Directed by: Louis J. Gasnier & Donald MacKenzie
Starring: Pearl White
This early silent serial originated many of the familiar clichés of the later era – including the young woman who is frequently tied up and rescued, the heroic yet oblivious young man who allows her to get into perilous situations in the first place, and the diabolical masked villain who is actually close to the protagonist in ordinary life. Oh, and cliff-hangers. Lots of cliff-hangers. Pauline (portrayed by Pearl White, who had already done a series of “Pearl” movies and would later star in “The Exploits of Elaine”) is a young heiress, betrothed to the son of her former guardian, who wants a “life of adventure” before she settles down. Her hero is the hapless Harry (Crane Wilbur, who later wrote horror classics like “The Bat” and “House of Wax”), who never manages to be around when she gets into trouble, but always has to arrive in the nick of time to get her out of it. The villain is the heavy-set Paul Panzer (whose career went on for decades, allowing him to appear in the 1947 remake, as well as “Mildred Pierce” and “Casablanca” in small roles), who is Harry’s father’s executor, and who hopes to pay off his gambling debts with Pauline’s inheritance, which reverts to him if she should die by some “misfortune” previous to her wedding day. Perils from which Pauline is either rescued from or rescues herself include a burning house, a runaway balloon, a blocked-in cave, a band of savage Indians, a ticking bomb, drowning at sea, drowning in a cellar, a sabotaged biplane, a sabotaged submarine, a poisonous snake, and various gangs of ruffians (especially gypsies).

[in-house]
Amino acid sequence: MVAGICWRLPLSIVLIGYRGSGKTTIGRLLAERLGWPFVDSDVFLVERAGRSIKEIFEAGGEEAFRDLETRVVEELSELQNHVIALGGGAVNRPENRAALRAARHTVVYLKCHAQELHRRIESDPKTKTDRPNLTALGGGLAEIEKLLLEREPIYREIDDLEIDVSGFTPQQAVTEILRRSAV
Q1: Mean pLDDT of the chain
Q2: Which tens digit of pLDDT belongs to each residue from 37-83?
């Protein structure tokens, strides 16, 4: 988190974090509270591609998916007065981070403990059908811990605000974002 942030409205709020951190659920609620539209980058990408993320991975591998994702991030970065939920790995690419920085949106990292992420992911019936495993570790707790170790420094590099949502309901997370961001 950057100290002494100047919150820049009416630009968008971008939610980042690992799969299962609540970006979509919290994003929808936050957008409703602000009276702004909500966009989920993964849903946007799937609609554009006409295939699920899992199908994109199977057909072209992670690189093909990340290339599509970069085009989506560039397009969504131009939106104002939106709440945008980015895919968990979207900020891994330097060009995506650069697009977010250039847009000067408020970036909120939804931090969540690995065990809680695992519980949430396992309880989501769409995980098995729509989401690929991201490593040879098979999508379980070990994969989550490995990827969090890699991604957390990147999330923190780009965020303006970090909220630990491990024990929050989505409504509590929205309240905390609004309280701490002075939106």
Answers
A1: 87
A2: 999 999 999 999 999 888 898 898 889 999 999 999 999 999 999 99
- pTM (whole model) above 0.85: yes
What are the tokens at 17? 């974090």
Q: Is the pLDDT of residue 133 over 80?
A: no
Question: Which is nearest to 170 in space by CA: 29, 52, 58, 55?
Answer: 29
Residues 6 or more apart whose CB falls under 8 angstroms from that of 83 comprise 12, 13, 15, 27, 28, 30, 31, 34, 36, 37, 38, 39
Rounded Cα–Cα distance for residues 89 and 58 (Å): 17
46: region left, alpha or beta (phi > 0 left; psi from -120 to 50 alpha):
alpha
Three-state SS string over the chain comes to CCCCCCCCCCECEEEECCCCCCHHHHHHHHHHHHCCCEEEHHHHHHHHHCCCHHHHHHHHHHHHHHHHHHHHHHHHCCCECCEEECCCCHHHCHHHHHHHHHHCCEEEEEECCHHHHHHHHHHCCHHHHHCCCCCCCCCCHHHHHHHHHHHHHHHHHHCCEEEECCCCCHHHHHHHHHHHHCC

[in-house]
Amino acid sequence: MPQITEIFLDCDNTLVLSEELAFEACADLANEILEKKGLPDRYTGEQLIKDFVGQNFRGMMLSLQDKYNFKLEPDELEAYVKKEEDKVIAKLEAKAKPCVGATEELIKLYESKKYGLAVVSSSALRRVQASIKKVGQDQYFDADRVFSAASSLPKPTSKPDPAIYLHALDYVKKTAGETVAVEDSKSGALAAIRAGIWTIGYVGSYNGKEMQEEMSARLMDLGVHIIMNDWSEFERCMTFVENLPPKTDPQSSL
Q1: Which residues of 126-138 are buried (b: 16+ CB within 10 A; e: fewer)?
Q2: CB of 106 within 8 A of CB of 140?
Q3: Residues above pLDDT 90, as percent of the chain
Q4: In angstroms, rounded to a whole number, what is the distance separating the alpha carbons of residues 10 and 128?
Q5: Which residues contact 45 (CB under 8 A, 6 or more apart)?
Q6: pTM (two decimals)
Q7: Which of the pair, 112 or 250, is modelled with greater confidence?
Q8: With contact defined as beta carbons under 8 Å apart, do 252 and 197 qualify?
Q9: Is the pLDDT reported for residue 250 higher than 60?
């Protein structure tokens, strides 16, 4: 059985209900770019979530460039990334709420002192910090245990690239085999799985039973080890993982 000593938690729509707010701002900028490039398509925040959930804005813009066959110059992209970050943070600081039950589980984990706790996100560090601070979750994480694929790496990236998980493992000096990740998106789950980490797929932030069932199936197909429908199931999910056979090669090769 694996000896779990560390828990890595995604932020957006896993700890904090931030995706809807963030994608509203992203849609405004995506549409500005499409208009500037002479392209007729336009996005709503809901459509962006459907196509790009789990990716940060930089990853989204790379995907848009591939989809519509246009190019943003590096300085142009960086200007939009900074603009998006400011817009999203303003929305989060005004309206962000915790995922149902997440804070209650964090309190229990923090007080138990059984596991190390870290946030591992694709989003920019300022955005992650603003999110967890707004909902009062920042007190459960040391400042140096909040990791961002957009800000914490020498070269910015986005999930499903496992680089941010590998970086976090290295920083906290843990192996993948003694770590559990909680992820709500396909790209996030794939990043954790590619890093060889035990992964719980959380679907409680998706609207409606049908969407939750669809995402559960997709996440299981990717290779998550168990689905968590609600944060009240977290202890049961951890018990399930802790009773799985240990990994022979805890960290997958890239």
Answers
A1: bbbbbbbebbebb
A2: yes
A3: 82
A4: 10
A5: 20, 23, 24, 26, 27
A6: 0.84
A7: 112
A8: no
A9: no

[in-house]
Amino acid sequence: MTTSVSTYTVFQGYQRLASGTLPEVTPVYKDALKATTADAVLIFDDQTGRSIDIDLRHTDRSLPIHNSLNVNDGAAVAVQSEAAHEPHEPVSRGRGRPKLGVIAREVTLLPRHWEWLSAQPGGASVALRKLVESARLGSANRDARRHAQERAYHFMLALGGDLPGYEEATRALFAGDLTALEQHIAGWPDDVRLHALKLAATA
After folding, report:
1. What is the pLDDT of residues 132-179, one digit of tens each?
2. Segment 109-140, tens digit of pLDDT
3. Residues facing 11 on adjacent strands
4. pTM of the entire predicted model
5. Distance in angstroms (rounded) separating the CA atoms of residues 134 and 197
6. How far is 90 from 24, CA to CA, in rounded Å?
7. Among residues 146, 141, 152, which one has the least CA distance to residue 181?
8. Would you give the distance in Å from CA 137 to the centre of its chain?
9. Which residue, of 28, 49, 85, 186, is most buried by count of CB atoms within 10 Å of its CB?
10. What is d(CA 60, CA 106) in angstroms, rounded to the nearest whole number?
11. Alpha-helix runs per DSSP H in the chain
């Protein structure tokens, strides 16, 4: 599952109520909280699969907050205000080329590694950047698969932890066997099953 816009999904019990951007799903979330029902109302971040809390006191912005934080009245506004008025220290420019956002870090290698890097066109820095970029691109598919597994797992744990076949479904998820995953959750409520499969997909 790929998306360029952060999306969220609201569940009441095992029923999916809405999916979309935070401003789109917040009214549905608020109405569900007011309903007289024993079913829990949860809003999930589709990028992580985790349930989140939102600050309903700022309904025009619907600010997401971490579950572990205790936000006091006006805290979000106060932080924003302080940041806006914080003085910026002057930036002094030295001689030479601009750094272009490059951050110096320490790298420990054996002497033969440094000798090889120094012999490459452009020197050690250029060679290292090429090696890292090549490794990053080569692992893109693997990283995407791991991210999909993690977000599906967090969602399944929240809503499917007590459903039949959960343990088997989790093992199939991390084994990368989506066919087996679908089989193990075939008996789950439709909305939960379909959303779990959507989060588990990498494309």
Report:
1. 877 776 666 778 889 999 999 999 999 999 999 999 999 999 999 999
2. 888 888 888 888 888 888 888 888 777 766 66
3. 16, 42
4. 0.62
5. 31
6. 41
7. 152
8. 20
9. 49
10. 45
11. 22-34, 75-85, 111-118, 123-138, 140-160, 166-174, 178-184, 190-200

Run Time: Reputed to have been 20 episodes originally, today only 9 exist.